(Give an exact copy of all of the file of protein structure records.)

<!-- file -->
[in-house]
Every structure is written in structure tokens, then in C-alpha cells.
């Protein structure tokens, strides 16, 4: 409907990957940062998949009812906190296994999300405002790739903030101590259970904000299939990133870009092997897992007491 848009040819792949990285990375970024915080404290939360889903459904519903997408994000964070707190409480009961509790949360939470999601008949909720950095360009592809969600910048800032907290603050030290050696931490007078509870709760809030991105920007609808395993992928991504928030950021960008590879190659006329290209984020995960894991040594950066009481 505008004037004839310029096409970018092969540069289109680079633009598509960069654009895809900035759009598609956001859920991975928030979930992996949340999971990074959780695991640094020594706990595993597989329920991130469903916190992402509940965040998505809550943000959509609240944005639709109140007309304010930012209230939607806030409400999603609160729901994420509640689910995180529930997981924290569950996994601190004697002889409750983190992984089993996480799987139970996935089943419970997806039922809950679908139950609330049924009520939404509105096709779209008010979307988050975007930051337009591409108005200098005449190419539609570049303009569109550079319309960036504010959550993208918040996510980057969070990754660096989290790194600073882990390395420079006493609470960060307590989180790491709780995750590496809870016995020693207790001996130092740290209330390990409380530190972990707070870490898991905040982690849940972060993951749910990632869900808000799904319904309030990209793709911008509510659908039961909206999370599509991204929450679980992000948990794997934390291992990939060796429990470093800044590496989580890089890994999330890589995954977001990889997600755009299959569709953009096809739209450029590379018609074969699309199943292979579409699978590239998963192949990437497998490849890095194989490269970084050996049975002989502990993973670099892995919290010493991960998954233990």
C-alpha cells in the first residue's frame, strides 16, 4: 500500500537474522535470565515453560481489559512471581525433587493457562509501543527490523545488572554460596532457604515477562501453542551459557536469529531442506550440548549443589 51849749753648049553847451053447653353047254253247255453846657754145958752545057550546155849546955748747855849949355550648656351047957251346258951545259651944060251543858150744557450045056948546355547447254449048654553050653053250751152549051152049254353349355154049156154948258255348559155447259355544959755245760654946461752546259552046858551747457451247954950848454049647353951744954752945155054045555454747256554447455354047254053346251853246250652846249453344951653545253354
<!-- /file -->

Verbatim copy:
[in-house]
Every structure is written in structure tokens, then in C-alpha cells.
């Protein structure tokens, strides 16, 4: 409907990957940062998949009812906190296994999300405002790739903030101590259970904000299939990133870009092997897992007491 848009040819792949990285990375970024915080404290939360889903459904519903997408994000964070707190409480009961509790949360939470999601008949909720950095360009592809969600910048800032907290603050030290050696931490007078509870709760809030991105920007609808395993992928991504928030950021960008590879190659006329290209984020995960894991040594950066009481 505008004037004839310029096409970018092969540069289109680079633009598509960069654009895809900035759009598609956001859920991975928030979930992996949340999971990074959780695991640094020594706990595993597989329920991130469903916190992402509940965040998505809550943000959509609240944005639709109140007309304010930012209230939607806030409400999603609160729901994420509640689910995180529930997981924290569950996994601190004697002889409750983190992984089993996480799987139970996935089943419970997806039922809950679908139950609330049924009520939404509105096709779209008010979307988050975007930051337009591409108005200098005449190419539609570049303009569109550079319309960036504010959550993208918040996510980057969070990754660096989290790194600073882990390395420079006493609470960060307590989180790491709780995750590496809870016995020693207790001996130092740290209330390990409380530190972990707070870490898991905040982690849940972060993951749910990632869900808000799904319904309030990209793709911008509510659908039961909206999370599509991204929450679980992000948990794997934390291992990939060796429990470093800044590496989580890089890994999330890589995954977001990889997600755009299959569709953009096809739209450029590379018609074969699309199943292979579409699978590239998963192949990437497998490849890095194989490269970084050996049975002989502990993973670099892995919290010493991960998954233990």
C-alpha cells in the first residue's frame, strides 16, 4: 500500500537474522535470565515453560481489559512471581525433587493457562509501543527490523545488572554460596532457604515477562501453542551459557536469529531442506550440548549443589 51849749753648049553847451053447653353047254253247255453846657754145958752545057550546155849546955748747855849949355550648656351047957251346258951545259651944060251543858150744557450045056948546355547447254449048654553050653053250751152549051152049254353349355154049156154948258255348559155447259355544959755245760654946461752546259552046858551747457451247954950848454049647353951744954752945155054045555454747256554447455354047254053346251853246250652846249453344951653545253354